In comparing theories of intersubjectivity on Sunday, March 21, 2010, at the Tampa Bay Psychoanalytic Society, Inc. (TBPS), Ringstrom continued his critique of Worlds of Experience (2002). Noting common ground between these authors and relational theorists, Ringstrom says both groups share the common epistemology of perspectival realism and of agency. He contrasts how the former is used: While Stolorow, Atwood, and Orange remind us that the therapist’s perspective is just one of many, but not truth, it remains in the background. Relational writers, on the other hand, bring it to the foreground as they take up mutual recognition and negation.
In Chapter 5, Stolorow, Atwood, and Orange criticize Cartesian trends in psychoanalysis which hold forth the isolated mind. They recommend a highly context sensitive and context dependent approach that renders dichotomies irrelevant and seamless, and claim that relational language is Cartesian, and shames, blames, and re-traumatizes the patient. They further state that relational therapists make experience explanatory (causal) ignoring the system of the intersubjective field. While agreeing that all is contextual and mutual, relationalists counter asking how, then, does either figure out who contributes what to a particular sequence, claiming that sometimes a disproportionate contribution comes from one or the other.
Stolorow, Atwood, and Orange note that intersubjectivity is general and inclusive of every experience, allowing us to experience at all. Benjamin sees intersubjectivity as a developmental achievement which allows for mutual recognition, replacing seeing the other as controlling (paranoia) or controlled (narcissism), and is always in tension with negation. The two different definitions are like apples and oranges, says Ringstrom, though mutual recognition, while precarious, is an experience, and thereby a subset of all experience. But Stolorow, Atwood, and Orange claim that mutual recognition falls prey to the ‘god’s eye view’ (who gets to define it, and does the patient have to adopt therapist’s view to get well?) and interferes with the seamlessness, risking separation and alienation. [One attendee noted the irony of this anti-intersubjective view.] They claim that mutual recognition impedes inchoate growth and may produce shame in otherness.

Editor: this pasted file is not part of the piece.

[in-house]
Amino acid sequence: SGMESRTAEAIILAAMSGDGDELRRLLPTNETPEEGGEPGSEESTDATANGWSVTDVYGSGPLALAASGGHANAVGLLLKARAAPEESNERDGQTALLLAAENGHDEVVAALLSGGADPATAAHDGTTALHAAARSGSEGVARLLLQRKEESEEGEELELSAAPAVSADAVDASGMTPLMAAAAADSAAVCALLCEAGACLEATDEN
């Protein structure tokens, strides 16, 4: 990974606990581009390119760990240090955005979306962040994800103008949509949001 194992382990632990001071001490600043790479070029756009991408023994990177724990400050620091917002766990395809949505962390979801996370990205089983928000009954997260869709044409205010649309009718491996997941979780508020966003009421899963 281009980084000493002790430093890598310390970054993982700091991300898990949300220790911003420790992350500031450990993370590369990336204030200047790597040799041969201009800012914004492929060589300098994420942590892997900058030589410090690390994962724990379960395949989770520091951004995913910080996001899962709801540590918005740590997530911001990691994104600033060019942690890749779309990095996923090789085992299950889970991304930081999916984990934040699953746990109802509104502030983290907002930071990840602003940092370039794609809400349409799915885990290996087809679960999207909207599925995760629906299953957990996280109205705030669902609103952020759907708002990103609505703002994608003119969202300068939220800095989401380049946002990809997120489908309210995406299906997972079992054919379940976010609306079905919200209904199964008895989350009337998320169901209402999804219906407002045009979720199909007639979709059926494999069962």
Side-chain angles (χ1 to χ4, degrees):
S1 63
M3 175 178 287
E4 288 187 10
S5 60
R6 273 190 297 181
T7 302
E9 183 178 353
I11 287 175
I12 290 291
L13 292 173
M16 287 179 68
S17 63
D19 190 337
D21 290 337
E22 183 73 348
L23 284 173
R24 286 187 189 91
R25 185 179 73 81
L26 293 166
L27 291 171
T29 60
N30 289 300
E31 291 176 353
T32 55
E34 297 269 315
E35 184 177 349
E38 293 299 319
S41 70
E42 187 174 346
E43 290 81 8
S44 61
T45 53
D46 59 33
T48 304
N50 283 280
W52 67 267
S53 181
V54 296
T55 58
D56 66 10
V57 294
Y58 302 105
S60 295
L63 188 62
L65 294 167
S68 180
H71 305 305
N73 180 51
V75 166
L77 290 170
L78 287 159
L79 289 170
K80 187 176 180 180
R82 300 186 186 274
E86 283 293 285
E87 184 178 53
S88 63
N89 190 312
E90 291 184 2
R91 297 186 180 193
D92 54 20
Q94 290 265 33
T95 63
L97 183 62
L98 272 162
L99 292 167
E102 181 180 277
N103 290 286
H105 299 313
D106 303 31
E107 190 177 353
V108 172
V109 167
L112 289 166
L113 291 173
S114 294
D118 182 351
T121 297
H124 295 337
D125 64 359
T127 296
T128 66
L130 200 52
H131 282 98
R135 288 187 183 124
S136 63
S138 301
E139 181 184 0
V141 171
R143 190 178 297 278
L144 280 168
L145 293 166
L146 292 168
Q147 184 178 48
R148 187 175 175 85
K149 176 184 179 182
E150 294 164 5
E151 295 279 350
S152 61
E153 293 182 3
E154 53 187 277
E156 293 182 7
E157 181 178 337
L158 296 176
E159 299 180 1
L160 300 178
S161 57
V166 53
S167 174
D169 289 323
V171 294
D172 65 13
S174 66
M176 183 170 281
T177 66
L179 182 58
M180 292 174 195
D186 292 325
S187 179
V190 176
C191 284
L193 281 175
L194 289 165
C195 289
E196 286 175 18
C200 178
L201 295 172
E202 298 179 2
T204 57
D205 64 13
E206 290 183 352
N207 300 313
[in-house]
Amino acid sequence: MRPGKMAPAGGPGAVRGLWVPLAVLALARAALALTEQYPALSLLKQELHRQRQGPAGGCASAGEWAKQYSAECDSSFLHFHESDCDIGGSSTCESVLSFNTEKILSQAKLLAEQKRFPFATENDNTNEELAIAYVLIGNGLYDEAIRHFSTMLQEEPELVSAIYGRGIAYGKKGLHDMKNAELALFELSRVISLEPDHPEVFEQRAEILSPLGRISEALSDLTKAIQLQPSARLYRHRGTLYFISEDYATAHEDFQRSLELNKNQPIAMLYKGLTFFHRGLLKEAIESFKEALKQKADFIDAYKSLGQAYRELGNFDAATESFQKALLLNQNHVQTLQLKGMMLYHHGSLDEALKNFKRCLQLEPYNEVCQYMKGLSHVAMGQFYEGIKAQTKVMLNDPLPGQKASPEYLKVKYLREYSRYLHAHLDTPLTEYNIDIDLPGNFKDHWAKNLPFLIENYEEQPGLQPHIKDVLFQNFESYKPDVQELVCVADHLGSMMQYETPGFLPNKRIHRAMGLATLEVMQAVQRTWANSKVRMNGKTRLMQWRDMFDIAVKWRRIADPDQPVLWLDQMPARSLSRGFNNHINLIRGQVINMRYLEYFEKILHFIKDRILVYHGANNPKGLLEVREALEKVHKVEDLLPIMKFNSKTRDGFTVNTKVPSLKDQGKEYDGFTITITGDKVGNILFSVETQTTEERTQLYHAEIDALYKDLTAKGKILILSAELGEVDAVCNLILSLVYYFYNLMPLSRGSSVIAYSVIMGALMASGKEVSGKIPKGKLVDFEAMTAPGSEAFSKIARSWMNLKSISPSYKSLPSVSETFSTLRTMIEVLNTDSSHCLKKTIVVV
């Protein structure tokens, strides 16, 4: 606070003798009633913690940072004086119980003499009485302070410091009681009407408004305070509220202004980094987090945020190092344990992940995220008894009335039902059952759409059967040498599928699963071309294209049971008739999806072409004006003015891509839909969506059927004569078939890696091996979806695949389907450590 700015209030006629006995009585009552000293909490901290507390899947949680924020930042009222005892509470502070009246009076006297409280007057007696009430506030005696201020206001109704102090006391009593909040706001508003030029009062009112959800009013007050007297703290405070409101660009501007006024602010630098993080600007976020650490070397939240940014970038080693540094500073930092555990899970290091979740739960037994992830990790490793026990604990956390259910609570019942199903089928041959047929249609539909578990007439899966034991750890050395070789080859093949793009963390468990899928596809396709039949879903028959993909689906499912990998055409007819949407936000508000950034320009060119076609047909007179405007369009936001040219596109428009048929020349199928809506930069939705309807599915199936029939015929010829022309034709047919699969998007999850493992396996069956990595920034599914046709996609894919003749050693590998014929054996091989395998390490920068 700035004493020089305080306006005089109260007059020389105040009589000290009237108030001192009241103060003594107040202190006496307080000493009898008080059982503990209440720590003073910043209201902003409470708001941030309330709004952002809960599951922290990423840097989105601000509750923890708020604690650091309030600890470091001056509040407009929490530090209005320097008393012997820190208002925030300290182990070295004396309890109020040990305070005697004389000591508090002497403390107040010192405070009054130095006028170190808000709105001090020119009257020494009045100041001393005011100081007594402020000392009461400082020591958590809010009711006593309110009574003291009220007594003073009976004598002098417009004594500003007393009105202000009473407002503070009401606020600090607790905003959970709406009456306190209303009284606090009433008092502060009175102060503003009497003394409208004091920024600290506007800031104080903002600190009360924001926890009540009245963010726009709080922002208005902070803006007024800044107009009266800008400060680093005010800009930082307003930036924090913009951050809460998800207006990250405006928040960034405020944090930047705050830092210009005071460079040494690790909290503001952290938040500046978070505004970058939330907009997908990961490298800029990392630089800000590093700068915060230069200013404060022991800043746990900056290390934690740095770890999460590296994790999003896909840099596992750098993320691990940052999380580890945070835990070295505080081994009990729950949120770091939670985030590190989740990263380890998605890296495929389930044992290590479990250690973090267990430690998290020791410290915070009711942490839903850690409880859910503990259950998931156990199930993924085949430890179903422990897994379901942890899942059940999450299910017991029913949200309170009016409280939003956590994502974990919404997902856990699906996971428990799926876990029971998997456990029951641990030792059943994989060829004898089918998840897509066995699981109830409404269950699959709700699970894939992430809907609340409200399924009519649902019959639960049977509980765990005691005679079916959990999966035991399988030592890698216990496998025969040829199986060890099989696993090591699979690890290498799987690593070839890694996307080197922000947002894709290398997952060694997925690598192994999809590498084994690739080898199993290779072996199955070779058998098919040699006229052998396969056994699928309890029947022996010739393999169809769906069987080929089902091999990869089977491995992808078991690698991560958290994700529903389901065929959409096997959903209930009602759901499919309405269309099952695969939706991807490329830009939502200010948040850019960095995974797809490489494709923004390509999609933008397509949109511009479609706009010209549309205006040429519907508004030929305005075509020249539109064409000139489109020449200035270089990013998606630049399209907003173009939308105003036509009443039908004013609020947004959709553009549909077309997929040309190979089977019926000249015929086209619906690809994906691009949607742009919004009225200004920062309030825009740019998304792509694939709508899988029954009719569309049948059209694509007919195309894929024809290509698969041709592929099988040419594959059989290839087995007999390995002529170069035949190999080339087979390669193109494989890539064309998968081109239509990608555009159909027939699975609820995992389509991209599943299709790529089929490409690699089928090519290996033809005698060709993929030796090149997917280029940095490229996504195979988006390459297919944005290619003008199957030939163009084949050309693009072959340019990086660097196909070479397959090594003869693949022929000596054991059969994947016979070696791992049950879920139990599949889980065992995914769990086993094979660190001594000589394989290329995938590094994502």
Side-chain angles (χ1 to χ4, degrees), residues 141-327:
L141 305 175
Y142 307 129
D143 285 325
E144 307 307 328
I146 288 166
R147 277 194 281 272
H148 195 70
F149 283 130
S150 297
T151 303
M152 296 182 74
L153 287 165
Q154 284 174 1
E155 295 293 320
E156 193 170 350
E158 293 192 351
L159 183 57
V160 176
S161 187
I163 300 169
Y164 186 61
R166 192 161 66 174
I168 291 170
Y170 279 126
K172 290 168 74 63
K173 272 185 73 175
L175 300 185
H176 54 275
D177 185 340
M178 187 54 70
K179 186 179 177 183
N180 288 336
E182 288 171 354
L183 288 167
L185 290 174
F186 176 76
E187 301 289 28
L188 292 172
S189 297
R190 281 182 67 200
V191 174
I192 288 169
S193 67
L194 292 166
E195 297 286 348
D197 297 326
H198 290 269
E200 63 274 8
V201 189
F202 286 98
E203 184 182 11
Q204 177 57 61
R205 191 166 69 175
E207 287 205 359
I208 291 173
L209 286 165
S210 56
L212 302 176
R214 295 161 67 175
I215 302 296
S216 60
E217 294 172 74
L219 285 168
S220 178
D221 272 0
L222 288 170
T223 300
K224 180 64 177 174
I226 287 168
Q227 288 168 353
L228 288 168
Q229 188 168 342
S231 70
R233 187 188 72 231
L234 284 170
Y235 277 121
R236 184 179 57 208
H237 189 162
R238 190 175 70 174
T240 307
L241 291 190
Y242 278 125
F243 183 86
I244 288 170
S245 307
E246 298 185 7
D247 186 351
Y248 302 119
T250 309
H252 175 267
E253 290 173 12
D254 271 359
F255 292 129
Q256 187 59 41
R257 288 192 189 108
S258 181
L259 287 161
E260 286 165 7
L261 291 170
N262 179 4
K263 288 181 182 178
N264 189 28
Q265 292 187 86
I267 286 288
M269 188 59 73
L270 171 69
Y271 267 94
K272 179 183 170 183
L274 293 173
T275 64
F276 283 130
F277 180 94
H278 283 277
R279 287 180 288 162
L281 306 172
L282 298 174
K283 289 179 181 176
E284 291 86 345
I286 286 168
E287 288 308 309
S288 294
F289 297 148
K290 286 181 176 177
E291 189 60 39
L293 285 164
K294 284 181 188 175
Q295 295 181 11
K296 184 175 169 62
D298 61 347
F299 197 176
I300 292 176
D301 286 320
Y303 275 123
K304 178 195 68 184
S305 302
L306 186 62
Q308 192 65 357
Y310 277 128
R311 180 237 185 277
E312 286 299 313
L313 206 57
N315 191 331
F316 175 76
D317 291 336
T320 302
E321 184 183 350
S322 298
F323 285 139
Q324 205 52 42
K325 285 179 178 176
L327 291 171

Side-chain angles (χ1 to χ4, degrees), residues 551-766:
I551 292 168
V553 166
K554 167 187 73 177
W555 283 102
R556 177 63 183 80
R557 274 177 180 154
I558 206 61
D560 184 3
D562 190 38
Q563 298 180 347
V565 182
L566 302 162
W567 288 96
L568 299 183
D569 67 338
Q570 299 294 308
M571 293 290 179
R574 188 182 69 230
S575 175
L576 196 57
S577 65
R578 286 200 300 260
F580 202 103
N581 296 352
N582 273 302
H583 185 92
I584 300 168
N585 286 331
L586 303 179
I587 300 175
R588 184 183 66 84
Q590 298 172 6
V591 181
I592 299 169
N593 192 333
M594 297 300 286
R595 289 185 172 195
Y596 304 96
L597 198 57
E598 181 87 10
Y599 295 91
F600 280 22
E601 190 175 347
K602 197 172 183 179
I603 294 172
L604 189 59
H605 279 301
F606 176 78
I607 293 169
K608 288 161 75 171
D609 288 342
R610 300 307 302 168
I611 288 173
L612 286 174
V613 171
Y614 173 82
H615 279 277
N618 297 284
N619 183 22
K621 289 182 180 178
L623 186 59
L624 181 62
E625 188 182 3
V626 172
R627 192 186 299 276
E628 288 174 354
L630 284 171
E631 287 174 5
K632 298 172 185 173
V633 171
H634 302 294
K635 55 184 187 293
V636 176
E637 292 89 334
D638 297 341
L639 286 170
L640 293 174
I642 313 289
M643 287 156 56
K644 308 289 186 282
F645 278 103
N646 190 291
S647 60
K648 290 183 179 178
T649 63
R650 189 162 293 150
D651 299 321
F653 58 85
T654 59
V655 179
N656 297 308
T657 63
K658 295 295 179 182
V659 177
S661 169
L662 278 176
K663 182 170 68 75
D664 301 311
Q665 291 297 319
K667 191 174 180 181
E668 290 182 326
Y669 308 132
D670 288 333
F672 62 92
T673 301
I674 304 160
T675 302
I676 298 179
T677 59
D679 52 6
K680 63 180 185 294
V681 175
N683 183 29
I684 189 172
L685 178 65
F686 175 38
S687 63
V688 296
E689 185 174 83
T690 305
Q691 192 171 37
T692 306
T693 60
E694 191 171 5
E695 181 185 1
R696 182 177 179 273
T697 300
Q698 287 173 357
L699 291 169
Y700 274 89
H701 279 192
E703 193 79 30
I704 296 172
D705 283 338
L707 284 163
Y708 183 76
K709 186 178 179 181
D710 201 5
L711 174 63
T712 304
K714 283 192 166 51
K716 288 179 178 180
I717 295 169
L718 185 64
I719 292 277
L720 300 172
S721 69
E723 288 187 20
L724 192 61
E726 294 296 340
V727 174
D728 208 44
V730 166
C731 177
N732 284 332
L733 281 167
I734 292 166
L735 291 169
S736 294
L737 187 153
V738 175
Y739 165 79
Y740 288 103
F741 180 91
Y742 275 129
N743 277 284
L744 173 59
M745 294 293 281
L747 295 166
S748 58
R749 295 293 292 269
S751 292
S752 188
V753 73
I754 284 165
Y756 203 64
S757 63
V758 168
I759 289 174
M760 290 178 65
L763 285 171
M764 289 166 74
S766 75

Relationalists take the antipodal view, seeing benefit to owning the subjectivity of the analyst. They note that mutual recognition can only be understood in the dialectical tension with its opposite: negation. The two are balanced precariously like a see-saw, and both are essential to every relationship, including the therapeutic dyad. Evident in assertion of the self, self assertion ruptures seeing the subjectivity of the other and forces repair to mutual recognition.
Relationalists claim that intersubjectivists ignore negation. Stolorow, Atwood, and Orange retort that relationalists impose their demands on their patients. Relationalists say that all relationships, even those with the intersubjectivist therapist, always include hidden demands of one on the other, and it is making these differences explicit and understood, that both work their way out of enactments and impasses. In fact, enactments, they say, fill the space of that not given discourse.
Stolorow, Atwood, and Orange see the Cartesian and non Cartesian as so incommensurable that one is forced to choose between Freud/DesCartes and the post Cartesian theories. Relationalists are more inclined to hold these in tension, noting that to choose one leads to loss of the other's potential, at any particular moment, usefulness.
Saturday, March 27, 2010
Posted by Lycia Alexander-Guerra, M.D. at 12:27 PM